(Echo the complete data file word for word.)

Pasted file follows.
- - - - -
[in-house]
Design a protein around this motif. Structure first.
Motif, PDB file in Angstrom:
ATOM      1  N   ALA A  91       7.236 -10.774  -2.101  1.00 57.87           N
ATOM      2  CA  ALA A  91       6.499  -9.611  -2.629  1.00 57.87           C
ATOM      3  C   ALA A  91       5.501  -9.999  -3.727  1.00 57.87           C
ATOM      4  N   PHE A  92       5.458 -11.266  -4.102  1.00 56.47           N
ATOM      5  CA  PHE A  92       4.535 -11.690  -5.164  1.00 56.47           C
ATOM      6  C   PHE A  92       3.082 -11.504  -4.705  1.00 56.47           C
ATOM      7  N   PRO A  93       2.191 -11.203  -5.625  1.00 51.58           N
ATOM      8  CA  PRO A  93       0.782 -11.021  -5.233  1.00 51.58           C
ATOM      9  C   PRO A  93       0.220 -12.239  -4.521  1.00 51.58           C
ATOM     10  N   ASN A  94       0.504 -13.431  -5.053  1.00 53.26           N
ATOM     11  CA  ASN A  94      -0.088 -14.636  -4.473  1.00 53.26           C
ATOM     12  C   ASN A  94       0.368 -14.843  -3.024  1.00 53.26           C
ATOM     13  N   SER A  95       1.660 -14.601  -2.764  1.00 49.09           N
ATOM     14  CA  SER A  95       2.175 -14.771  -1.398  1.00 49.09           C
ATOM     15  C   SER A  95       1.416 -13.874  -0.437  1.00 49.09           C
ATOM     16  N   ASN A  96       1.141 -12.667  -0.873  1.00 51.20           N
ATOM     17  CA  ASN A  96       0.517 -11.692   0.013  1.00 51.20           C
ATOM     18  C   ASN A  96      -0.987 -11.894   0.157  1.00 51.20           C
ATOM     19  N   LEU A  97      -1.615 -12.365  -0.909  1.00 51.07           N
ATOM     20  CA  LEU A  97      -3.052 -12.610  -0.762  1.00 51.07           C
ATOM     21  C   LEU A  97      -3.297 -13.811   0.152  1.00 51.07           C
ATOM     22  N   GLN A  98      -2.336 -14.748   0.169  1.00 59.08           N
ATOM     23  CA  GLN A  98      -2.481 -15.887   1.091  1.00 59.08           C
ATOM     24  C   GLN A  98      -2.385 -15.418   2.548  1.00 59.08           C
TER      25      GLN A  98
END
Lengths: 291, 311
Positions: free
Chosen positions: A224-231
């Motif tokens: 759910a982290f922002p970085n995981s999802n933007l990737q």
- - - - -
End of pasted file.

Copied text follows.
[in-house]
Design a protein around this motif. Structure first.
Motif, PDB file in Angstrom:
ATOM      1  N   ALA A  91       7.236 -10.774  -2.101  1.00 57.87           N
ATOM      2  CA  ALA A  91       6.499  -9.611  -2.629  1.00 57.87           C
ATOM      3  C   ALA A  91       5.501  -9.999  -3.727  1.00 57.87           C
ATOM      4  N   PHE A  92       5.458 -11.266  -4.102  1.00 56.47           N
ATOM      5  CA  PHE A  92       4.535 -11.690  -5.164  1.00 56.47           C
ATOM      6  C   PHE A  92       3.082 -11.504  -4.705  1.00 56.47           C
ATOM      7  N   PRO A  93       2.191 -11.203  -5.625  1.00 51.58           N
ATOM      8  CA  PRO A  93       0.782 -11.021  -5.233  1.00 51.58           C
ATOM      9  C   PRO A  93       0.220 -12.239  -4.521  1.00 51.58           C
ATOM     10  N   ASN A  94       0.504 -13.431  -5.053  1.00 53.26           N
ATOM     11  CA  ASN A  94      -0.088 -14.636  -4.473  1.00 53.26           C
ATOM     12  C   ASN A  94       0.368 -14.843  -3.024  1.00 53.26           C
ATOM     13  N   SER A  95       1.660 -14.601  -2.764  1.00 49.09           N
ATOM     14  CA  SER A  95       2.175 -14.771  -1.398  1.00 49.09           C
ATOM     15  C   SER A  95       1.416 -13.874  -0.437  1.00 49.09           C
ATOM     16  N   ASN A  96       1.141 -12.667  -0.873  1.00 51.20           N
ATOM     17  CA  ASN A  96       0.517 -11.692   0.013  1.00 51.20           C
ATOM     18  C   ASN A  96      -0.987 -11.894   0.157  1.00 51.20           C
ATOM     19  N   LEU A  97      -1.615 -12.365  -0.909  1.00 51.07           N
ATOM     20  CA  LEU A  97      -3.052 -12.610  -0.762  1.00 51.07           C
ATOM     21  C   LEU A  97      -3.297 -13.811   0.152  1.00 51.07           C
ATOM     22  N   GLN A  98      -2.336 -14.748   0.169  1.00 59.08           N
ATOM     23  CA  GLN A  98      -2.481 -15.887   1.091  1.00 59.08           C
ATOM     24  C   GLN A  98      -2.385 -15.418   2.548  1.00 59.08           C
TER      25      GLN A  98
END
Lengths: 291, 311
Positions: free
Chosen positions: A224-231
């Motif tokens: 759910a982290f922002p970085n995981s999802n933007l990737q």